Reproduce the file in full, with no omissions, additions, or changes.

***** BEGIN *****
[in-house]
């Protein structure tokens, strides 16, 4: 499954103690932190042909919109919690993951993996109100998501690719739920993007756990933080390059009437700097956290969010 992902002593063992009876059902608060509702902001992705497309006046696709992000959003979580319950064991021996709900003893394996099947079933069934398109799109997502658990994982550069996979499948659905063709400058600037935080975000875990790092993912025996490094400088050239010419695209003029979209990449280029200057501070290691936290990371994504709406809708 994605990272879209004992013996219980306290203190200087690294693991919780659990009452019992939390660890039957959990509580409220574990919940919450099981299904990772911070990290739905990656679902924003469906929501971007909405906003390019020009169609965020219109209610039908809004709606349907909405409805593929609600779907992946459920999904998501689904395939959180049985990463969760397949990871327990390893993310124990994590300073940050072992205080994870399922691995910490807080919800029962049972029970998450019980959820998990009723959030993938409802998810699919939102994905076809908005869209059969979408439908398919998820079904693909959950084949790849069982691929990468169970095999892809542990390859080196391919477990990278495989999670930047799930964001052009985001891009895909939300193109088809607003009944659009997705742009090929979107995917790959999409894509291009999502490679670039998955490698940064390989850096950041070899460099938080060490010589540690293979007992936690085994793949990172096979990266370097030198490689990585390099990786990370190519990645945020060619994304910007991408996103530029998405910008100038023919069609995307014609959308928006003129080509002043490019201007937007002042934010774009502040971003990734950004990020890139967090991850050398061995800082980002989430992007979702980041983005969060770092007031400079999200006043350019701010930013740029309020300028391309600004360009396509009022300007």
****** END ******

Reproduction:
[in-house]
């Protein structure tokens, strides 16, 4: 499954103690932190042909919109919690993951993996109100998501690719739920993007756990933080390059009437700097956290969010 992902002593063992009876059902608060509702902001992705497309006046696709992000959003979580319950064991021996709900003893394996099947079933069934398109799109997502658990994982550069996979499948659905063709400058600037935080975000875990790092993912025996490094400088050239010419695209003029979209990449280029200057501070290691936290990371994504709406809708 994605990272879209004992013996219980306290203190200087690294693991919780659990009452019992939390660890039957959990509580409220574990919940919450099981299904990772911070990290739905990656679902924003469906929501971007909405906003390019020009169609965020219109209610039908809004709606349907909405409805593929609600779907992946459920999904998501689904395939959180049985990463969760397949990871327990390893993310124990994590300073940050072992205080994870399922691995910490807080919800029962049972029970998450019980959820998990009723959030993938409802998810699919939102994905076809908005869209059969979408439908398919998820079904693909959950084949790849069982691929990468169970095999892809542990390859080196391919477990990278495989999670930047799930964001052009985001891009895909939300193109088809607003009944659009997705742009090929979107995917790959999409894509291009999502490679670039998955490698940064390989850096950041070899460099938080060490010589540690293979007992936690085994793949990172096979990266370097030198490689990585390099990786990370190519990645945020060619994304910007991408996103530029998405910008100038023919069609995307014609959308928006003129080509002043490019201007937007002042934010774009502040971003990734950004990020890139967090991850050398061995800082980002989430992007979702980041983005969060770092007031400079999200006043350019701010930013740029309020300028391309600004360009396509009022300007």